Apple Growing

Commercial Fertilizers

Where manure is not available or where it cannot be applied in sufficient amounts, commercial fertilizers may be resorted to, after they have been experimentally tested out. Leguminous cover crops are the best source of nitrogen, as has been indicated, but where these do

not grow well, or in seasons when they have for some reason failed, nitrate of soda or dried blood are good substitutes. From two hundred to three hundred pounds of one or the other of these may be applied broadcast in the spring soon after growth is well started and all danger of its being checked by frost or cold weather is past. It is well to apply the nitrate of soda in two applications a few weeks apart, especially on soils which are leachy and in wet seasons, as part of the nitrogen may leach away if all is applied at once. These should be thoroughly worked into the soil with a spring-tooth harrow. To supply the other two elements, from two hundred to four hundred pounds of treated rock phosphate or basic slag for the phosphoric acid, and the same amount of sulphate of potash for the potash, should be applied at any time in the early part of the season, preferably just before a light rain, and worked into the soil as before. Home-made wood ashes are a good source of both these elements, and especially of the potash. They cannot be purchased economically in any quantity, but on the general farm there could be no better way to utilize the wood ashes made around the place than by applying them two or three bushels to a full grown tree every year or two. Wood ashes are also a good source of lime, being about one-third calcium oxide. Thus a large amount of available plant food will be supplied to the tree, and where it is needed should result not only in better wood growth but in the formation of vigorous leaf and fruit buds for the following year. Lime is not usually considered as a fertilizer except on soils actually deficient in it. But it will usually be advisable to apply from one thousand five hundred to two thousand pounds of fresh burned lime or its equivalent, in order to correct any natural soil acidity, to hasten the decay of organic material, to increase the activity of the soil bacteria, and to improve the physical condition of the soil by floculating the soil particles and helping to break up lumpy soils. Lime also helps to liberate plant food by recombining it with certain other elements in the soil. All these effects make a more congenial medium for the leguminous crops to grow in, and it is frequently advisable to use lime for this purpose alone. After this first heavy application about 800 pounds of lime should be applied per acre every four or five years.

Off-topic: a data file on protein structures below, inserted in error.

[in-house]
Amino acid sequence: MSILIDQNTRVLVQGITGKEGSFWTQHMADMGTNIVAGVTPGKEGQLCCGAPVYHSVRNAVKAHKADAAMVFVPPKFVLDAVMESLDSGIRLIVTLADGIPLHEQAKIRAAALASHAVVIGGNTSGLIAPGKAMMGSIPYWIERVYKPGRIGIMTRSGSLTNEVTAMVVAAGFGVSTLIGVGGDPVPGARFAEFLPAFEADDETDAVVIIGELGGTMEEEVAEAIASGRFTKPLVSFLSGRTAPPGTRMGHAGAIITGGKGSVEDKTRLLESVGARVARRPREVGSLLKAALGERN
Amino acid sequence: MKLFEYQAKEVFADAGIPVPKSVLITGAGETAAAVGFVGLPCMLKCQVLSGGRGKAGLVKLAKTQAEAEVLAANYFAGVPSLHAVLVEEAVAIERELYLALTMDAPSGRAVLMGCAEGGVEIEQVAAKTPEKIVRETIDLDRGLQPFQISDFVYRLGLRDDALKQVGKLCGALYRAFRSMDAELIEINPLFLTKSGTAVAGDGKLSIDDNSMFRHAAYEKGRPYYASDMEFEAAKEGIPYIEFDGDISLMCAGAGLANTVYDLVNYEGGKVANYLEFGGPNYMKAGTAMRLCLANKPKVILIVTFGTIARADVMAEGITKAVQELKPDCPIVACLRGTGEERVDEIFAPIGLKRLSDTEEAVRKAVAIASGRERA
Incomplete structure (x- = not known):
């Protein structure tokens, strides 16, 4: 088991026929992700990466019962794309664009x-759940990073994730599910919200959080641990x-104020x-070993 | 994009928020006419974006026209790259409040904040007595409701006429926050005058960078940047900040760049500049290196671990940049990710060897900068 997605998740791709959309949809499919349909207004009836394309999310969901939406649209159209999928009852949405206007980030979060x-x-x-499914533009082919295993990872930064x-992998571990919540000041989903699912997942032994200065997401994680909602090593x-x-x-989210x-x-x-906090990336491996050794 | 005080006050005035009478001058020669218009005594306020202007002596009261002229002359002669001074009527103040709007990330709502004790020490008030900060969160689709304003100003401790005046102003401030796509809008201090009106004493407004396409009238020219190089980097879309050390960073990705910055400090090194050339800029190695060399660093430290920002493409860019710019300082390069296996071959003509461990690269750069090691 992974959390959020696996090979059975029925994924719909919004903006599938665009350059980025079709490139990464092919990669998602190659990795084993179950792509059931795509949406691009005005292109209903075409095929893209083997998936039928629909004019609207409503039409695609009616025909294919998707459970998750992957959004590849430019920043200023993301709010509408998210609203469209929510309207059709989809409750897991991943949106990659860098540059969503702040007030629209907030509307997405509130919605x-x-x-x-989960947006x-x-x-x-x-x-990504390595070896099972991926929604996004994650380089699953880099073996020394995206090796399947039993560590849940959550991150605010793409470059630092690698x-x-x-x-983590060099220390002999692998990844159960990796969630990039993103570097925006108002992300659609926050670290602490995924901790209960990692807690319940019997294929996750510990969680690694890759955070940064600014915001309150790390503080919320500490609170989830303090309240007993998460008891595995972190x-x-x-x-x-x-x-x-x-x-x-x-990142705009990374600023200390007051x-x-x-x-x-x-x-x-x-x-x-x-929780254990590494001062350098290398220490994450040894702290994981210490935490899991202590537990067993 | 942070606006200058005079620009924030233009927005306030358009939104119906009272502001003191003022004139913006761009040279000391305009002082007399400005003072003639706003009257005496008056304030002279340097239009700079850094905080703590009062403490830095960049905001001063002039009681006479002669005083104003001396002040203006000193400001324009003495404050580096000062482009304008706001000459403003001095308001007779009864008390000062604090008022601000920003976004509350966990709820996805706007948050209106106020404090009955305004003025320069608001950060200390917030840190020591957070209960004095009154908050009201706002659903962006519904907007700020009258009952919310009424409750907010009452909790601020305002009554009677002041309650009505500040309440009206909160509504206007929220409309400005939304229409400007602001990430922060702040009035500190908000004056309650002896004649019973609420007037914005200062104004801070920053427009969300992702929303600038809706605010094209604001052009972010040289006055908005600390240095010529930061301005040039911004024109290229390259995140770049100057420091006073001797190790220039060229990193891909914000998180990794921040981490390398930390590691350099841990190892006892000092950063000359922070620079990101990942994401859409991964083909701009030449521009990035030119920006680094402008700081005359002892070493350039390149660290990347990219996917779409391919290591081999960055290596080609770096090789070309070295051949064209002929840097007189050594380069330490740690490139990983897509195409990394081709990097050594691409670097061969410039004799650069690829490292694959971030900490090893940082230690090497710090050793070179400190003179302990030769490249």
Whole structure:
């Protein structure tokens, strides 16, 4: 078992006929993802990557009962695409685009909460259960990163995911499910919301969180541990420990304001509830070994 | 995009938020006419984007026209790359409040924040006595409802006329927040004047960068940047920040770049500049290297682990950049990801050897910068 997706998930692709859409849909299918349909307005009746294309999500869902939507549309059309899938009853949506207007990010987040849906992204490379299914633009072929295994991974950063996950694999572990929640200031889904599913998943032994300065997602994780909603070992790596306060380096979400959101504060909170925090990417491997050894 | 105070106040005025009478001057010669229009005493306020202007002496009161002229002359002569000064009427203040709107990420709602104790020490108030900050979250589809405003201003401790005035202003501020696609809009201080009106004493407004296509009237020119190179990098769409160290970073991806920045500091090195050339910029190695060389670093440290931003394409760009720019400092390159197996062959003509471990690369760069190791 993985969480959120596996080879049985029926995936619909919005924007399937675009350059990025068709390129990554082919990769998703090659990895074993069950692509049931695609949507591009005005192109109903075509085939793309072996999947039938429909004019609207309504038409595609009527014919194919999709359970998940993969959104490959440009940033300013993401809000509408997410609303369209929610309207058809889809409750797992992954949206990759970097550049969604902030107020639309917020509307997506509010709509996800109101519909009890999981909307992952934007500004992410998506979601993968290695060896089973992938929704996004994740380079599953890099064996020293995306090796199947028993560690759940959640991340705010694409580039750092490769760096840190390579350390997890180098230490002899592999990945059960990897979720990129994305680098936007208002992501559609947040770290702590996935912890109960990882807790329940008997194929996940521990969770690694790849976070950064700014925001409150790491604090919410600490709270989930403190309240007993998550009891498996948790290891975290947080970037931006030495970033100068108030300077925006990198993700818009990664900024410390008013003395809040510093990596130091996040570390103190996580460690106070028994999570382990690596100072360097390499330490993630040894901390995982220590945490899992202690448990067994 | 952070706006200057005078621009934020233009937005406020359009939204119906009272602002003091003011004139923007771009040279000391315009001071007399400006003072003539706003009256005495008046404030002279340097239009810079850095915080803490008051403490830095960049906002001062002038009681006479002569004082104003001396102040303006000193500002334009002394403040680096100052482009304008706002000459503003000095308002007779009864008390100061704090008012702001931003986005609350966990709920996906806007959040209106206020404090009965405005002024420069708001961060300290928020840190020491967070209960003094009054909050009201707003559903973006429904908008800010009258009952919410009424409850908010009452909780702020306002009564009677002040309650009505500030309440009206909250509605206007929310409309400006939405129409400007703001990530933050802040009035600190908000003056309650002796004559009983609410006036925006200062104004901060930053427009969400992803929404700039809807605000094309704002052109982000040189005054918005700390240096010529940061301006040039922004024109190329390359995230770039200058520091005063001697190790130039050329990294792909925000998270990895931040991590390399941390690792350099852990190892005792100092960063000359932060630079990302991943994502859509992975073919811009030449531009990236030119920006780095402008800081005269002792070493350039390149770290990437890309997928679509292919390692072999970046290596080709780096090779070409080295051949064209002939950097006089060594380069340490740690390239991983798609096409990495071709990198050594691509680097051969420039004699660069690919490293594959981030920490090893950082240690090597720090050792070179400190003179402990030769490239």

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Next: Insects And Diseases Affecting The Apple

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